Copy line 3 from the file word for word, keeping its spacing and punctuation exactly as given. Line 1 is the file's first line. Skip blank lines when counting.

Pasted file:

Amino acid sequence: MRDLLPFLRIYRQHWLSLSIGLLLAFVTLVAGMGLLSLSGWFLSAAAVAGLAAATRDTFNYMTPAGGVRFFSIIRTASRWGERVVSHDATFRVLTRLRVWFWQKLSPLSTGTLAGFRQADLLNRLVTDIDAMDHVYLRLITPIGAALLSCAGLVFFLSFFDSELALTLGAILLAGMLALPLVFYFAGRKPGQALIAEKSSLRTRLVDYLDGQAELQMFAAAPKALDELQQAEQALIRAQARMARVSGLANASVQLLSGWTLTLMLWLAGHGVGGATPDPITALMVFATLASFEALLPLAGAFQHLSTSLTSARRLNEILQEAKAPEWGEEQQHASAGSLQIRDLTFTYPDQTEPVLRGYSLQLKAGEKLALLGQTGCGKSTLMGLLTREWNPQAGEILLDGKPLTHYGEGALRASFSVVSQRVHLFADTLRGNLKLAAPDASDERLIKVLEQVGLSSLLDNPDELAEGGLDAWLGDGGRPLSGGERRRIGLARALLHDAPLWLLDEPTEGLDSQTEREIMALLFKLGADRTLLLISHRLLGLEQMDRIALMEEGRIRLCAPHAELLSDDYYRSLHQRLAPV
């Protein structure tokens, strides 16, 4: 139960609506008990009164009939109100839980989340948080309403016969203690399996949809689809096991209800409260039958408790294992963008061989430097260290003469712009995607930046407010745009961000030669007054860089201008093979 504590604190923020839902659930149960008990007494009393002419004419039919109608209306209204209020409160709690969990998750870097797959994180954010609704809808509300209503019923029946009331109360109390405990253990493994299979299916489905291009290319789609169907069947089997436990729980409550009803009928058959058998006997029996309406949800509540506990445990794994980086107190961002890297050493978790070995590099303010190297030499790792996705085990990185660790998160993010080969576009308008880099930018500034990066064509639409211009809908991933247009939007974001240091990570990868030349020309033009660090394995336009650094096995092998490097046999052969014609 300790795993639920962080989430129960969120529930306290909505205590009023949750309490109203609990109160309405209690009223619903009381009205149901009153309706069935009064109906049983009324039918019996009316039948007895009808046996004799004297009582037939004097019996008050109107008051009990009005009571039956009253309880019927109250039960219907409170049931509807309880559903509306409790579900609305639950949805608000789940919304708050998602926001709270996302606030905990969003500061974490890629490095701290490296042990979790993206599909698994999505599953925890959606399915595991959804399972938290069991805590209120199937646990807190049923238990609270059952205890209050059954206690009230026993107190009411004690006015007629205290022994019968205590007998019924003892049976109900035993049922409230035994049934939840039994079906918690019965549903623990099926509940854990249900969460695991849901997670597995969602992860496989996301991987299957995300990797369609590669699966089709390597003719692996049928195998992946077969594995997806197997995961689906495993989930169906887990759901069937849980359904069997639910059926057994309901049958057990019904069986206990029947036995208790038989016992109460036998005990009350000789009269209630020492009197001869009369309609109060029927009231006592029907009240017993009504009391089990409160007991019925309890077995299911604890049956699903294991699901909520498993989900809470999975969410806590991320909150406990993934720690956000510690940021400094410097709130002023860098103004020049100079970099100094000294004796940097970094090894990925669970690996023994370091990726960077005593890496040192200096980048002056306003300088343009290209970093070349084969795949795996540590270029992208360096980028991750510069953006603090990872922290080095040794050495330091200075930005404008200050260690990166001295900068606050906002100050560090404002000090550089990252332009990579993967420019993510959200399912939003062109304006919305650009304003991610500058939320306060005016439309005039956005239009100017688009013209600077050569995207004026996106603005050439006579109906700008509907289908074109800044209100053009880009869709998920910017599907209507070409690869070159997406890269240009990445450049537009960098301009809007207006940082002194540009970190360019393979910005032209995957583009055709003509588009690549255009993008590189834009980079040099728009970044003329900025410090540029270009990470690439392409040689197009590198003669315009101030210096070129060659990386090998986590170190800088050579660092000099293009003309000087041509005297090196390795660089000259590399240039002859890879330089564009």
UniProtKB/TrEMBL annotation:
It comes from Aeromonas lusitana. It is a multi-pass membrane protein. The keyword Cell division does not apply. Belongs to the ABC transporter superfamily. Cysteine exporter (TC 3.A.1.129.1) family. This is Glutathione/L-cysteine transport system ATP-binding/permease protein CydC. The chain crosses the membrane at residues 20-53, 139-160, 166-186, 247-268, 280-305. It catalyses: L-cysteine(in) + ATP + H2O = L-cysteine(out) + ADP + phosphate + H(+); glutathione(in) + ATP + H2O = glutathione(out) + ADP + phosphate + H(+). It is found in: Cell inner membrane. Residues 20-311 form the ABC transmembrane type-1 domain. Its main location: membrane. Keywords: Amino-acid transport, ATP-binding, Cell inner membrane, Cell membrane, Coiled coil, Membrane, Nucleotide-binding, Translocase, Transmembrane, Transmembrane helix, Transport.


UniProtKB/TrEMBL annotation: